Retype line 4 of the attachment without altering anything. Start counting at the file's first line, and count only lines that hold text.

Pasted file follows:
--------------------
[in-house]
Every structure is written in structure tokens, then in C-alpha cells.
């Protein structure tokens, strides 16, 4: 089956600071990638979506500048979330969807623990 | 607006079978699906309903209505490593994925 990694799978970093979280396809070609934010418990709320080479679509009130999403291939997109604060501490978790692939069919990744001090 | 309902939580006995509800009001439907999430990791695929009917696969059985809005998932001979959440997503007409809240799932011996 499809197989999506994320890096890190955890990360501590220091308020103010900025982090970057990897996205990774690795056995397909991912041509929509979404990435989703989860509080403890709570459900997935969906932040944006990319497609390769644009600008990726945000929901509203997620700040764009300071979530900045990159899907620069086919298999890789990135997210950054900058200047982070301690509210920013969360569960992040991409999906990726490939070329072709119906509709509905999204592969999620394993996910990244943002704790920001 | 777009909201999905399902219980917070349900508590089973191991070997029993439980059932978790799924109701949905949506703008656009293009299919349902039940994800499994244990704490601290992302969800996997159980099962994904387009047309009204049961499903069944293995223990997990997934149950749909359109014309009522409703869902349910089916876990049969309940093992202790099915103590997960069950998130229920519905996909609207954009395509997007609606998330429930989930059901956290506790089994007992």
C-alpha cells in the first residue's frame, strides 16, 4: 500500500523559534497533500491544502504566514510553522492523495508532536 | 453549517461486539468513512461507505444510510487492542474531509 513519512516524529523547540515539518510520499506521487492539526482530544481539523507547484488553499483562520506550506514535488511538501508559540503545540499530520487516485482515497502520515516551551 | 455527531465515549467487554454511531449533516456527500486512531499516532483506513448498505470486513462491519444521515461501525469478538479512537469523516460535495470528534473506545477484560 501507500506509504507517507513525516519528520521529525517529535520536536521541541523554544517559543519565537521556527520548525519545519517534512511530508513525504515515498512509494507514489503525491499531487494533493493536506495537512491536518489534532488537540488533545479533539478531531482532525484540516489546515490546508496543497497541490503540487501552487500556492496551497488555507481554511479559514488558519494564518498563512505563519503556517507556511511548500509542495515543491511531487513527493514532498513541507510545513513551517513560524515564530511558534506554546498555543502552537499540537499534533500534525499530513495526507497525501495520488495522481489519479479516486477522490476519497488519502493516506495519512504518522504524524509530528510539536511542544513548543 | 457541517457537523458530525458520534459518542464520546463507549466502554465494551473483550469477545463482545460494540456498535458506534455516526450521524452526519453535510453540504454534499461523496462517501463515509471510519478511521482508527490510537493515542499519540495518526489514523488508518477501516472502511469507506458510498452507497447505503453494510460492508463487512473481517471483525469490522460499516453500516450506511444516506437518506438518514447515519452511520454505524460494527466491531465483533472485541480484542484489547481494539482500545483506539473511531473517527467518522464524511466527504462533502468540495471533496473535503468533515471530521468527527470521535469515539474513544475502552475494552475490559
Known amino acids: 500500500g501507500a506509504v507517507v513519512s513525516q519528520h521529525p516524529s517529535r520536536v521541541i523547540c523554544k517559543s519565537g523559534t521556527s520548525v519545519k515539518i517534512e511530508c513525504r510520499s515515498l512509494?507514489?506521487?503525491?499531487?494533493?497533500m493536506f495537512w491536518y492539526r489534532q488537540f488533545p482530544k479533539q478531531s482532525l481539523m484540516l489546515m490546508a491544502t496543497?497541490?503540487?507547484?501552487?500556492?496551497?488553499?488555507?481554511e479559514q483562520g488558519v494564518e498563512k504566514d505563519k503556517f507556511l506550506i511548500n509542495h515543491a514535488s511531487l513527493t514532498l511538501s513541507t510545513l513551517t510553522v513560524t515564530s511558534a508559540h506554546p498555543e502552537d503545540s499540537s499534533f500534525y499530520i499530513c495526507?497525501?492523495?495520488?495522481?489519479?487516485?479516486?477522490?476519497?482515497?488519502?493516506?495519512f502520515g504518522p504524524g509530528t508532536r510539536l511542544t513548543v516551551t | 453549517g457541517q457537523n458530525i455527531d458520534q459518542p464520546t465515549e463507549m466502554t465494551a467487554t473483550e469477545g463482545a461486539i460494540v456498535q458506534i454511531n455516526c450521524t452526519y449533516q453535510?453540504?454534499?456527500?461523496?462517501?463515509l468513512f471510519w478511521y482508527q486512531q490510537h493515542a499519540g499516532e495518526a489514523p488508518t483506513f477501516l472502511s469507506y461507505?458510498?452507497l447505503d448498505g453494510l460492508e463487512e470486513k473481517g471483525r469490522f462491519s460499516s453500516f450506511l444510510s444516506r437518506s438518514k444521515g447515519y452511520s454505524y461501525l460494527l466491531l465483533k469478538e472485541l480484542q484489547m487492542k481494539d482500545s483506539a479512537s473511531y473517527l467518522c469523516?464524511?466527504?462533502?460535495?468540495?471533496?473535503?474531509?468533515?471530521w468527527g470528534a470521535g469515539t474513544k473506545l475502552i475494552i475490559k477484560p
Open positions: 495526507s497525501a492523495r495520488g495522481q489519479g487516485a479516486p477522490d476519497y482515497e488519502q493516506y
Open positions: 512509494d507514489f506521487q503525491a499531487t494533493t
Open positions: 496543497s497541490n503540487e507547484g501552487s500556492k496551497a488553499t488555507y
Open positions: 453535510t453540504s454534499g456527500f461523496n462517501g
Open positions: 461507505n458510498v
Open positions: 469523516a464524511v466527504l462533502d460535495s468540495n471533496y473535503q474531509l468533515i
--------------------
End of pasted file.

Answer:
C-alpha cells in the first residue's frame, strides 16, 4: 500500500523559534497533500491544502504566514510553522492523495508532536 | 453549517461486539468513512461507505444510510487492542474531509 513519512516524529523547540515539518510520499506521487492539526482530544481539523507547484488553499483562520506550506514535488511538501508559540503545540499530520487516485482515497502520515516551551 | 455527531465515549467487554454511531449533516456527500486512531499516532483506513448498505470486513462491519444521515461501525469478538479512537469523516460535495470528534473506545477484560 501507500506509504507517507513525516519528520521529525517529535520536536521541541523554544517559543519565537521556527520548525519545519517534512511530508513525504515515498512509494507514489503525491499531487494533493493536506495537512491536518489534532488537540488533545479533539478531531482532525484540516489546515490546508496543497497541490503540487501552487500556492496551497488555507481554511479559514488558519494564518498563512505563519503556517507556511511548500509542495515543491511531487513527493514532498513541507510545513513551517513560524515564530511558534506554546498555543502552537499540537499534533500534525499530513495526507497525501495520488495522481489519479479516486477522490476519497488519502493516506495519512504518522504524524509530528510539536511542544513548543 | 457541517457537523458530525458520534459518542464520546463507549466502554465494551473483550469477545463482545460494540456498535458506534455516526450521524452526519453535510453540504454534499461523496462517501463515509471510519478511521482508527490510537493515542499519540495518526489514523488508518477501516472502511469507506458510498452507497447505503453494510460492508463487512473481517471483525469490522460499516453500516450506511444516506437518506438518514447515519452511520454505524460494527466491531465483533472485541480484542484489547481494539482500545483506539473511531473517527467518522464524511466527504462533502468540495471533496473535503468533515471530521468527527470521535469515539474513544475502552475494552475490559